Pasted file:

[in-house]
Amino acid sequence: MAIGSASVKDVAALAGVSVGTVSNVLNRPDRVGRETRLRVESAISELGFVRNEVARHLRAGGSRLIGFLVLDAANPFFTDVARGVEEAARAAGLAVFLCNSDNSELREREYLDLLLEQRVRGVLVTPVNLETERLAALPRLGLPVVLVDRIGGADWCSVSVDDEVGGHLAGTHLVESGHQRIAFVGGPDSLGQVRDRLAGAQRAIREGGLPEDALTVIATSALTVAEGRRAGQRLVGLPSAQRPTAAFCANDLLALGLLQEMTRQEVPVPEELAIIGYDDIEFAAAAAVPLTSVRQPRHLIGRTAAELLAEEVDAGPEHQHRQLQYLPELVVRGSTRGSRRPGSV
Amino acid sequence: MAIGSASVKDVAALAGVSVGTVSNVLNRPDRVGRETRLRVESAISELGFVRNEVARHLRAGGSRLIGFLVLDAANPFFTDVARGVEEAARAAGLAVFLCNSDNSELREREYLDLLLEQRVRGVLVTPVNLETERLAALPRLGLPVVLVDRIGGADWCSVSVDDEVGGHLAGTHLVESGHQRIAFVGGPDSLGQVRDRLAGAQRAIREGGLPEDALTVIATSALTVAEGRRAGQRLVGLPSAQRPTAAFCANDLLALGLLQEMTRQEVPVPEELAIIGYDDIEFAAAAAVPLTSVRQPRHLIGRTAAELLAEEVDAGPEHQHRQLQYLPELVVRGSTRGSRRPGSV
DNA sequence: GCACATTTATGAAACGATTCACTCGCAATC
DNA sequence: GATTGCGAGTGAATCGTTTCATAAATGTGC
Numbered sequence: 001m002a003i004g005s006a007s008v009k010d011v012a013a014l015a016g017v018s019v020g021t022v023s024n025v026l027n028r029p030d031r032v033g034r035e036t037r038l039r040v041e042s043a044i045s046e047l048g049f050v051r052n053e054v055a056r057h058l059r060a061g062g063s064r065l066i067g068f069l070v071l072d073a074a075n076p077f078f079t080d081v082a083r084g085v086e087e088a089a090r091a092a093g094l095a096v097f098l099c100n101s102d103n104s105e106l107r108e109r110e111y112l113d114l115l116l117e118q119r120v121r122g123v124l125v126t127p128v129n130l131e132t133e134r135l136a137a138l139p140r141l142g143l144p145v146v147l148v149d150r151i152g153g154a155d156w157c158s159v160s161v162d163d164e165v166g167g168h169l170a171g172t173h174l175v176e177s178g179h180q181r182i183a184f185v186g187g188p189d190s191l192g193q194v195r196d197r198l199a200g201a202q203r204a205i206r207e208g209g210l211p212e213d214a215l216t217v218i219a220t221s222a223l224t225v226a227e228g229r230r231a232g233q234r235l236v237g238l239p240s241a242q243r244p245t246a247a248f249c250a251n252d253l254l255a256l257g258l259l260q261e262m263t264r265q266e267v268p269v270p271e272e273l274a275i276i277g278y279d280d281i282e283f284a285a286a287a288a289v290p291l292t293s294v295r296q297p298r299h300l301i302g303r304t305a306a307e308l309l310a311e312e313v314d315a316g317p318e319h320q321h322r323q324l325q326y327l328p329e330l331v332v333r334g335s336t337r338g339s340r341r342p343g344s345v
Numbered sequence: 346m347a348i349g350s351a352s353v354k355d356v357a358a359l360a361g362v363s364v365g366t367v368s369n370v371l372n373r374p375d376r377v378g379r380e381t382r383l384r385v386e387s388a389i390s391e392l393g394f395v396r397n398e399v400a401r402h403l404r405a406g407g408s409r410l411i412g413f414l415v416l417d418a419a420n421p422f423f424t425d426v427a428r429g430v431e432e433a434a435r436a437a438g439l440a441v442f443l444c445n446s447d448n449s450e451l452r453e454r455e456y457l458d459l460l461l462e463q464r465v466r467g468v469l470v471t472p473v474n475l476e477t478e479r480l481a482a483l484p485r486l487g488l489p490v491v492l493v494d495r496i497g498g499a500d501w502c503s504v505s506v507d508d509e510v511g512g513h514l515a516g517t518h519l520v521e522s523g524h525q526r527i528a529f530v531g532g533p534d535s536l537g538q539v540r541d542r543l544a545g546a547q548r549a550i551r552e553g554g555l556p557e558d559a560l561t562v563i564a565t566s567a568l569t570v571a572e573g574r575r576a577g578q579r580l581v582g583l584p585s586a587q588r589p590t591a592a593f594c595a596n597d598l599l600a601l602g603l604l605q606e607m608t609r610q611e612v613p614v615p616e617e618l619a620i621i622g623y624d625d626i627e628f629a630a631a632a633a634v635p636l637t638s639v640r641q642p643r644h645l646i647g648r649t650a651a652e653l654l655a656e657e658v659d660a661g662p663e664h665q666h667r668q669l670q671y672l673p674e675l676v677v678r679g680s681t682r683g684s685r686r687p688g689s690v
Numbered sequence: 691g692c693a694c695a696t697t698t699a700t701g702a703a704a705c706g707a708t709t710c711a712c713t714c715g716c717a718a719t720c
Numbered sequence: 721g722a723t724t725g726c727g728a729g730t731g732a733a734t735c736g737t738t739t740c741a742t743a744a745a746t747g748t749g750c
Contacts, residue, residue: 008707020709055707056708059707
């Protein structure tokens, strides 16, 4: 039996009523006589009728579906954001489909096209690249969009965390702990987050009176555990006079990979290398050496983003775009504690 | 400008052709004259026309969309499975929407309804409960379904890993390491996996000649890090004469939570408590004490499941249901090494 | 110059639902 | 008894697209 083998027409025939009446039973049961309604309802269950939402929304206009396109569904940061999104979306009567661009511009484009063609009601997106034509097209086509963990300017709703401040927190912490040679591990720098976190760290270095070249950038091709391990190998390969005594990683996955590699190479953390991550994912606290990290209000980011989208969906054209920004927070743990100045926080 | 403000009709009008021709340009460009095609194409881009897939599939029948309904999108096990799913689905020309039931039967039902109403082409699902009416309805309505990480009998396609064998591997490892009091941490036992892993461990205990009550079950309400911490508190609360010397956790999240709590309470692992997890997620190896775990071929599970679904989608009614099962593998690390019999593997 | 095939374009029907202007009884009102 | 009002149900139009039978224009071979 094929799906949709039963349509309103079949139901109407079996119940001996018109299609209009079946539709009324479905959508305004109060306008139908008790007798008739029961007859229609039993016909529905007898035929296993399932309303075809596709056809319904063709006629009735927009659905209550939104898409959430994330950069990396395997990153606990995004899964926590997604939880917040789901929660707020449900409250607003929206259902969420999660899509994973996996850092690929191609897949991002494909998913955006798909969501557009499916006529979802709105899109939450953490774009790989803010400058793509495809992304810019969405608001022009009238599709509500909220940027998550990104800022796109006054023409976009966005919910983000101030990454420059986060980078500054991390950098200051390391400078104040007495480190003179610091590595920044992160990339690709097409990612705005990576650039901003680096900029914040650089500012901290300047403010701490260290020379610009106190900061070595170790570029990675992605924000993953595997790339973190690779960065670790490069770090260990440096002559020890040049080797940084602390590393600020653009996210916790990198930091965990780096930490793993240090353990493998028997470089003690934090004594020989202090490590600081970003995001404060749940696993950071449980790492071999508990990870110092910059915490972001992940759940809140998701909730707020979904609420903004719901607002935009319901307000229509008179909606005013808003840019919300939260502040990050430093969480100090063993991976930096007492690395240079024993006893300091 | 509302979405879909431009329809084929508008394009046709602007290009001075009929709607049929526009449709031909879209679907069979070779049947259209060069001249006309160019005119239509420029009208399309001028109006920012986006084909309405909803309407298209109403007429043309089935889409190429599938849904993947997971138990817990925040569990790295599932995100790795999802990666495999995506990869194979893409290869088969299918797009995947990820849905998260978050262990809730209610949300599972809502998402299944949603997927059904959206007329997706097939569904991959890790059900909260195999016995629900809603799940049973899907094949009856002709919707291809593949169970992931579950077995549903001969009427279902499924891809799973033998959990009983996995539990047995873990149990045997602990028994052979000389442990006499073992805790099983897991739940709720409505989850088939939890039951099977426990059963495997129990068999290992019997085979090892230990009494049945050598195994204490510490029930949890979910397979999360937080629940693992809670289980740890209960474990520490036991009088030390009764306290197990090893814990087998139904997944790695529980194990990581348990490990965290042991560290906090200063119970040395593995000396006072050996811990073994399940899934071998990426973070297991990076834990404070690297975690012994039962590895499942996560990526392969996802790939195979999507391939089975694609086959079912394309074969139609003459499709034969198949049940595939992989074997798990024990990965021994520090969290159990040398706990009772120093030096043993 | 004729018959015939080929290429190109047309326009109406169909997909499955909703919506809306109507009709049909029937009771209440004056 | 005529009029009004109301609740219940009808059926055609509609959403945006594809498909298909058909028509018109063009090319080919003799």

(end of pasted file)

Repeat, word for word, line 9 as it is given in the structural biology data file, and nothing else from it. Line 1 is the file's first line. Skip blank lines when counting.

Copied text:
Numbered sequence: 721g722a723t724t725g726c727g728a729g730t731g732a733a734t735c736g737t738t739t740c741a742t743a744a745a746t747g748t749g750c